IHP Cities in the 21st Century Letter Home from Cape Town, South Africa Spring 2015

Hello Well Wishers,

As we say goodbye to our IHP family, we reflect on our time in Cape Town, the last stop on this IHP journey. Guided by our powerful and brilliant country coordinator, Sally, we dove into Cape Town head first, using the many tools we have honed over the semester. Along the way, we met inspiring and resilient communities who have so generously shared their stories and opened their homes, helping us to better understand the complexities of urban life in Cape Town.

Our time in Cape Town spanned two locations – Bo Kaap, a primarily Muslim neighborhood in the city center, and Langa, one of the first Black African townships in Cape Town. Although they are only 15 minutes away, our experiences in each neighborhood helped us to understand just how spatially disconnected Cape Town is. Food, language, cultural events, music, even clothing was noticeably distinct in each neighborhood. In Bo Kaap our loving families taught us what it means to be a community. They shared with us stories of staving off displacement, of how the proximity of this neighborhood to the city center has led to gentrification, and rising property taxes are pushing many long-term residents out of the community. We saw our families engage in out of the box entrepreneurial activities – like one IHPers mother who gets by through selling (deliciously amazing) donuts to the whole neighborhood. In Langa, we learned about Ubuntu, which means human kindness in Xhosa. We heard stories of freedom fighters and family tragedies, told by our strong and independent Mamas.

We had powerful site visits, bridging issues from food security to the youth. On our visit with the Cihldren’s Radio Foundation, we learned how powerful a group of young voices can be, and with Ikamva Labantu, we saw how vital quality education is for young Cape Townians. We saw how difficult and frustrating it can be to balance the desire to build new housing with the desire to protect precious agricultural land in the Phillippi Horticultural Area. Across the sites, the people we have talked to have inspired us to make change in our own communities.

In the final week of our program, we triumphantly completed our Comparative Analysis projects – the culmination of over three months of data collection and analysis. Our projects ranged in topic from sound to water to gender relations. We have learned vital research skills and the knowledge that we gained will certainly stay with us through our final years in college well into our professional lives.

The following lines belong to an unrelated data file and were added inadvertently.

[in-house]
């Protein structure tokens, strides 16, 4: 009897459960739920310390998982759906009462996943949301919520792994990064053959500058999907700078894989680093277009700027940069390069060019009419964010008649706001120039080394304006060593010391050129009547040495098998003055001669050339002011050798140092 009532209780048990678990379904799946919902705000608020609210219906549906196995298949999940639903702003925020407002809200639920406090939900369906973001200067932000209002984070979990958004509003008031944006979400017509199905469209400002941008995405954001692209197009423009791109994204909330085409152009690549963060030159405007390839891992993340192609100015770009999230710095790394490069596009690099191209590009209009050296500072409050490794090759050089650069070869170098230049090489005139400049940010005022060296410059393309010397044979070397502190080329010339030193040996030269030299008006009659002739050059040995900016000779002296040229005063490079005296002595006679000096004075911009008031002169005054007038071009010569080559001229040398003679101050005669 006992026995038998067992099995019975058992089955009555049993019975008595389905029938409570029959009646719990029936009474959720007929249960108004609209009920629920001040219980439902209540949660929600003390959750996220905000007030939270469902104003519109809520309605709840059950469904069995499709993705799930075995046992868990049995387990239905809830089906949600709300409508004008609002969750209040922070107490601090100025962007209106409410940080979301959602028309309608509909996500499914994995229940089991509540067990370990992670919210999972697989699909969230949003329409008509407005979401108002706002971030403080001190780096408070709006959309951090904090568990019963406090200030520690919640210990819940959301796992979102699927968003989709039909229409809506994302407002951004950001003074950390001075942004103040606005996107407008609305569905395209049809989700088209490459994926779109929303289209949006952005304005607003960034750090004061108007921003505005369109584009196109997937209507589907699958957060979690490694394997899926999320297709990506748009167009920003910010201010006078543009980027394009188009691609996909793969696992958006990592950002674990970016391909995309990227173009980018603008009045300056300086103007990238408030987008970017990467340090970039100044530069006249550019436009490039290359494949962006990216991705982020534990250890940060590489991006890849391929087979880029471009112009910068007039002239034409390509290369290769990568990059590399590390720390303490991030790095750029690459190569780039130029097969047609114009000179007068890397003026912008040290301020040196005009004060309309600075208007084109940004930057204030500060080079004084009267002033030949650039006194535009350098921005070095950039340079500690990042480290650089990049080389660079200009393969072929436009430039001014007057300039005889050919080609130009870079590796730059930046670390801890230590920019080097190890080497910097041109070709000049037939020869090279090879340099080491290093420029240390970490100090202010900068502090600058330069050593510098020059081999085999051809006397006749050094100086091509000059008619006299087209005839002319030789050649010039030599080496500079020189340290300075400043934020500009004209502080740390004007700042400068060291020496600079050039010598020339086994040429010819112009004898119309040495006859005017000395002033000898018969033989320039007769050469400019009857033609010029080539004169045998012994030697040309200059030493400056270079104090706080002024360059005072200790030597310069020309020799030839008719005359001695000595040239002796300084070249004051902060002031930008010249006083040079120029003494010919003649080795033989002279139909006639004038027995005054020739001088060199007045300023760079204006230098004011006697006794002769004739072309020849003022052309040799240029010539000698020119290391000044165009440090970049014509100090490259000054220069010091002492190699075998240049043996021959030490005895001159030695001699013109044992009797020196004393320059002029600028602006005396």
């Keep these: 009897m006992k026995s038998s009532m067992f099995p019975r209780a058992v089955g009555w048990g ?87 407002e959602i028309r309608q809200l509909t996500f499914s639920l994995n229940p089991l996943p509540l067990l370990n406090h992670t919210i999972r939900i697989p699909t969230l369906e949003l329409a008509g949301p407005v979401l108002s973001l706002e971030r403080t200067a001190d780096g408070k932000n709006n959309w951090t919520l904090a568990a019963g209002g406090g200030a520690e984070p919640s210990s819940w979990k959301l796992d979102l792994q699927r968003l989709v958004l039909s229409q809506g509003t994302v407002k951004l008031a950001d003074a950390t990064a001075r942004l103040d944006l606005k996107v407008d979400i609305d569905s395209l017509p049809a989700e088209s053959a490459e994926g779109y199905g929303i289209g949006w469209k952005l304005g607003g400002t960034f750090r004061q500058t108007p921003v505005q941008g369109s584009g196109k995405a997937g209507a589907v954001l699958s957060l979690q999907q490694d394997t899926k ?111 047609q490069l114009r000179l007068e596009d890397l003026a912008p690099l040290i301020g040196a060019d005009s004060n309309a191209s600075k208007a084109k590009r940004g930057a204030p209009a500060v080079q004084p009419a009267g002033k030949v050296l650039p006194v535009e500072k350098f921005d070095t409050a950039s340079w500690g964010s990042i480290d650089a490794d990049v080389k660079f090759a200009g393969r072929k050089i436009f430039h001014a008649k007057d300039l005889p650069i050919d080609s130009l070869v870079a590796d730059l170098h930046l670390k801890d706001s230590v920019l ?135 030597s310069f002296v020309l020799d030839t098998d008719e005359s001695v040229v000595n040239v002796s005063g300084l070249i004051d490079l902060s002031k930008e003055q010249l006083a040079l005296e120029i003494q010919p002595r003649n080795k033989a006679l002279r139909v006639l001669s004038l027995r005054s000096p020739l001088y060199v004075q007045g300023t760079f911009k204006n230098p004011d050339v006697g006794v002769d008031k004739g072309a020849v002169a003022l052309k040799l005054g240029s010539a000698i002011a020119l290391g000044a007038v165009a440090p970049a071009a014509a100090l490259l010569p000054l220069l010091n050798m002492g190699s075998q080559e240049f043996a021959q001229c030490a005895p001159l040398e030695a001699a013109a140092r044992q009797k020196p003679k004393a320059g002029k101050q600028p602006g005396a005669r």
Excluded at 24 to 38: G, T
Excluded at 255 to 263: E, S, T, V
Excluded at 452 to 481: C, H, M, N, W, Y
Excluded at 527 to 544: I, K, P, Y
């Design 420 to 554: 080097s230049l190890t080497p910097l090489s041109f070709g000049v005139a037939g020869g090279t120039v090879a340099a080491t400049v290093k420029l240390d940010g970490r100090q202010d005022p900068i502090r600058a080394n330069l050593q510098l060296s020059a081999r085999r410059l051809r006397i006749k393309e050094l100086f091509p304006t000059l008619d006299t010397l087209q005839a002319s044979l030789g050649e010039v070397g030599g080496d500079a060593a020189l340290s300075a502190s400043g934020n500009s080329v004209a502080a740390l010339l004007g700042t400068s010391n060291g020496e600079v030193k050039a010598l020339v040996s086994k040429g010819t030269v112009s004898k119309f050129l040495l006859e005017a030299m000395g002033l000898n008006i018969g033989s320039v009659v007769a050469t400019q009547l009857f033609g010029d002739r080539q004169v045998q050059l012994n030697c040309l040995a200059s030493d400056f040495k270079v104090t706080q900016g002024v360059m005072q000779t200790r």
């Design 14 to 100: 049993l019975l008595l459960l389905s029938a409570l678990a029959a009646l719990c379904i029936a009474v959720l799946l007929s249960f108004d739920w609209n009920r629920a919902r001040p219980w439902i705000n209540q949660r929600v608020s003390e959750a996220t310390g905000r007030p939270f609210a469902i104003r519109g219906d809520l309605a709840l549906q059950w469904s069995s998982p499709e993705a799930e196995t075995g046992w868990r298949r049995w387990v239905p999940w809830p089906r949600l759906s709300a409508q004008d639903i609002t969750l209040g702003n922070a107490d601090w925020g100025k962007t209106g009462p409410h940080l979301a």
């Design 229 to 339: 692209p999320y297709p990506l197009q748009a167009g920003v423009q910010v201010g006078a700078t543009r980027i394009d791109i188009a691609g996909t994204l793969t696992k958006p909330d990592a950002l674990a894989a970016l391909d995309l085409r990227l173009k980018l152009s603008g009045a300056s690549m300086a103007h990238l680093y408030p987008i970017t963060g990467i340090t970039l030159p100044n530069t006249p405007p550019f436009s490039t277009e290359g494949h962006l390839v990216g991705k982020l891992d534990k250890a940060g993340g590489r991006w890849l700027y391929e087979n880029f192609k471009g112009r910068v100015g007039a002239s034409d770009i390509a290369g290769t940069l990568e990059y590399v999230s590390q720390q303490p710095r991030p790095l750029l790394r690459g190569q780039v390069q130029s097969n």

Our adventure ended in the beautiful apple country just a little over an hour outside of Cape Town. There we gathered together and reflected on our semester, solidifying our bonds with each other. As we say good bye to IHP Cities, we are eager to join the IHP alumni community and know our IHP bond will live on well beyond this semester.

We close with a poem written by our fellow IHPer, Gina Dukes:

Cape Town

a city so pretty
portrait perfect
flawless scenery
Table mountain
Lion’s Head
so much greenery
surrounding a place living in the shadow
of a dark memory
legal segregation
racist discrimination
colors separated
some relocated to the Cape flats
some given the city center

a rich land was splintered
but Democracy triumphed
Mandela restored the people’s pride
showed the world South Africa’s resiliency
freedom stretched from countryside to city streets
citizens proudly display the colorful flag
eager to represent the nation’s attitude of cultural diversity
and its this feeling that we’ve come to love about this glorious city
though our time her has been short
and our plans were many
we set out to do all we could
living in the Bo Kaap and Langa neighborhoods,
partying on Long Street like Sally and Mia knew we would,
hiking all day, visiting the waterfront for play,
cape point, sea point, stellenbosch, roundabosch,
Robben Island,
and mini bus taxis,
plus all the other places we’ve made our mark on that we didn’t have space to mention,
It’s one thing about this city we’ll always remember
its people, the kindness and strength they possess,
from the informal settlements, to farmer activists, NGO workers, and our incredible guest lecturers.
We’ve learned alot and there’s so much more we could say,
but it all comes down to one point,

we love Cape Town
and are so blessed it ope

ned its arms for us to stay.


With love,

IHP Cities Spring 2015


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